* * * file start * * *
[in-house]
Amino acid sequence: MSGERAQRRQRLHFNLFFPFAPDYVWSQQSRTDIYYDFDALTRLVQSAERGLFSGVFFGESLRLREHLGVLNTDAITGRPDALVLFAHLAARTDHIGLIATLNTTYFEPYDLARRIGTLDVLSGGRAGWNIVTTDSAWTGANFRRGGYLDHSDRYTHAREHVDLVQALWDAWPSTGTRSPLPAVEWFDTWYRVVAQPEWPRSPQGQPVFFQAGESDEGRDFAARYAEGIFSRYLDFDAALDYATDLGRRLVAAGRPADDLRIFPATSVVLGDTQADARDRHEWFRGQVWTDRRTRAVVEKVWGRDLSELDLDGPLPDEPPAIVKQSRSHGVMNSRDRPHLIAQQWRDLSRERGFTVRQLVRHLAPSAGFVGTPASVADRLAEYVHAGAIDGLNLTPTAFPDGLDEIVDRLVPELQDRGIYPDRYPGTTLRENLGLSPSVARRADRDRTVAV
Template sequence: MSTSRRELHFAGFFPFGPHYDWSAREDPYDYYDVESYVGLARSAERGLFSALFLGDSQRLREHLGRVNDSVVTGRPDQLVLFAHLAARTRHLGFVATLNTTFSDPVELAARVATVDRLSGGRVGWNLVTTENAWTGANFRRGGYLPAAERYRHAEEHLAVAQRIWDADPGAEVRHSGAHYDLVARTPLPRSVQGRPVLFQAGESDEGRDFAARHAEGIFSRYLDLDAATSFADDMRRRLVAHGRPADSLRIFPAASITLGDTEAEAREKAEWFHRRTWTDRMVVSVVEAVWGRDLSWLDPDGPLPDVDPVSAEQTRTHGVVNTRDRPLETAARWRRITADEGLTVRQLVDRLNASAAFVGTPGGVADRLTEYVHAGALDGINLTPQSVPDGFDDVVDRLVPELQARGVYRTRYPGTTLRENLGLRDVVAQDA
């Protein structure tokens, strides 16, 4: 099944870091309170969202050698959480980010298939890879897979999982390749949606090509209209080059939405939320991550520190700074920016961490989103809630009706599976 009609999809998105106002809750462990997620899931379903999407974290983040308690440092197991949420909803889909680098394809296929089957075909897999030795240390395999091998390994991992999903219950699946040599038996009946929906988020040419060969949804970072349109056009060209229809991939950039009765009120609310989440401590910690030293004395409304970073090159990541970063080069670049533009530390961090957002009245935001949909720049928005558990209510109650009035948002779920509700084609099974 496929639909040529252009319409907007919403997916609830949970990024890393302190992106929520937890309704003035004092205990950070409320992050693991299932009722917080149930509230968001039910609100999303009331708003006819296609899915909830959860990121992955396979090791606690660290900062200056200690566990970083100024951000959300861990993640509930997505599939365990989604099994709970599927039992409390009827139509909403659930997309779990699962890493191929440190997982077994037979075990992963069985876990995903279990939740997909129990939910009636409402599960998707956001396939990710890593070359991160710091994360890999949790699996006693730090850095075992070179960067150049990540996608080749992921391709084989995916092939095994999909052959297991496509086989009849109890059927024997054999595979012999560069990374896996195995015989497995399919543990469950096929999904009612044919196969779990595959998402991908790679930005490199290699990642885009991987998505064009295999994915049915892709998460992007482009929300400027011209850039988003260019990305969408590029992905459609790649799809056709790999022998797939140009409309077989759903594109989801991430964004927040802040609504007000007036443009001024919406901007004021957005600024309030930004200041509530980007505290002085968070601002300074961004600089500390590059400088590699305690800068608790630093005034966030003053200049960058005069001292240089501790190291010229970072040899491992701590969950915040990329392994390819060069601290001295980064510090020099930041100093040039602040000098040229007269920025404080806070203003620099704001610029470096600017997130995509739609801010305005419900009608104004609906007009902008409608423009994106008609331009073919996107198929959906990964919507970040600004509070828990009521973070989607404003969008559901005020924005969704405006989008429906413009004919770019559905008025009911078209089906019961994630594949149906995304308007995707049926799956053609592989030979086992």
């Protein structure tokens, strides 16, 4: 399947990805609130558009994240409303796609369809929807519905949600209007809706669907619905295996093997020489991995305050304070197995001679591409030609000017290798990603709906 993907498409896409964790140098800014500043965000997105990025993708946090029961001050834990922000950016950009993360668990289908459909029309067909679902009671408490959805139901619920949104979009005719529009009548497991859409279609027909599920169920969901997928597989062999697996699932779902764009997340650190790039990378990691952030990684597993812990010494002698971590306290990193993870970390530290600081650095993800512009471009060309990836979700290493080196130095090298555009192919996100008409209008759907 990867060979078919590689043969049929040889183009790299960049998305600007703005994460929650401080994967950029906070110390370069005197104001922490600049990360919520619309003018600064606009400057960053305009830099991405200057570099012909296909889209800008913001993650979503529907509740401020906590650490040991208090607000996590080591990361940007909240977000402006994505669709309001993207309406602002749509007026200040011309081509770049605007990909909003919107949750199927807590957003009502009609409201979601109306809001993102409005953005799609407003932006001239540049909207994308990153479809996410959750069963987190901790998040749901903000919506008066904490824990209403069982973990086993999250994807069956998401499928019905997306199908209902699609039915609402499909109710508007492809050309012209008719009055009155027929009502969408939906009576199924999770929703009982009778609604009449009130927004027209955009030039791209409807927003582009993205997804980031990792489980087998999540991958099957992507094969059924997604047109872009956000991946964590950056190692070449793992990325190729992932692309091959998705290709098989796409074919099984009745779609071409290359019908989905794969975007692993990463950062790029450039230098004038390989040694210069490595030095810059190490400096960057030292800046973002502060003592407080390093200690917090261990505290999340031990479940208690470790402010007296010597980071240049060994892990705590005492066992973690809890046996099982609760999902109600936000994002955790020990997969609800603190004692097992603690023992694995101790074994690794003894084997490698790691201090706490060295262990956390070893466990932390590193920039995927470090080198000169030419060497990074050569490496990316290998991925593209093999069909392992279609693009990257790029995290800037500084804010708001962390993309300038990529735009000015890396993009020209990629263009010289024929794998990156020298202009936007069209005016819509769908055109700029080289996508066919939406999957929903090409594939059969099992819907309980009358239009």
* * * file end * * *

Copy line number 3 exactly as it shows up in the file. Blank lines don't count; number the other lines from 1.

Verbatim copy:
Template sequence: MSTSRRELHFAGFFPFGPHYDWSAREDPYDYYDVESYVGLARSAERGLFSALFLGDSQRLREHLGRVNDSVVTGRPDQLVLFAHLAARTRHLGFVATLNTTFSDPVELAARVATVDRLSGGRVGWNLVTTENAWTGANFRRGGYLPAAERYRHAEEHLAVAQRIWDADPGAEVRHSGAHYDLVARTPLPRSVQGRPVLFQAGESDEGRDFAARHAEGIFSRYLDLDAATSFADDMRRRLVAHGRPADSLRIFPAASITLGDTEAEAREKAEWFHRRTWTDRMVVSVVEAVWGRDLSWLDPDGPLPDVDPVSAEQTRTHGVVNTRDRPLETAARWRRITADEGLTVRQLVDRLNASAAFVGTPGGVADRLTEYVHAGALDGINLTPQSVPDGFDDVVDRLVPELQARGVYRTRYPGTTLRENLGLRDVVAQDA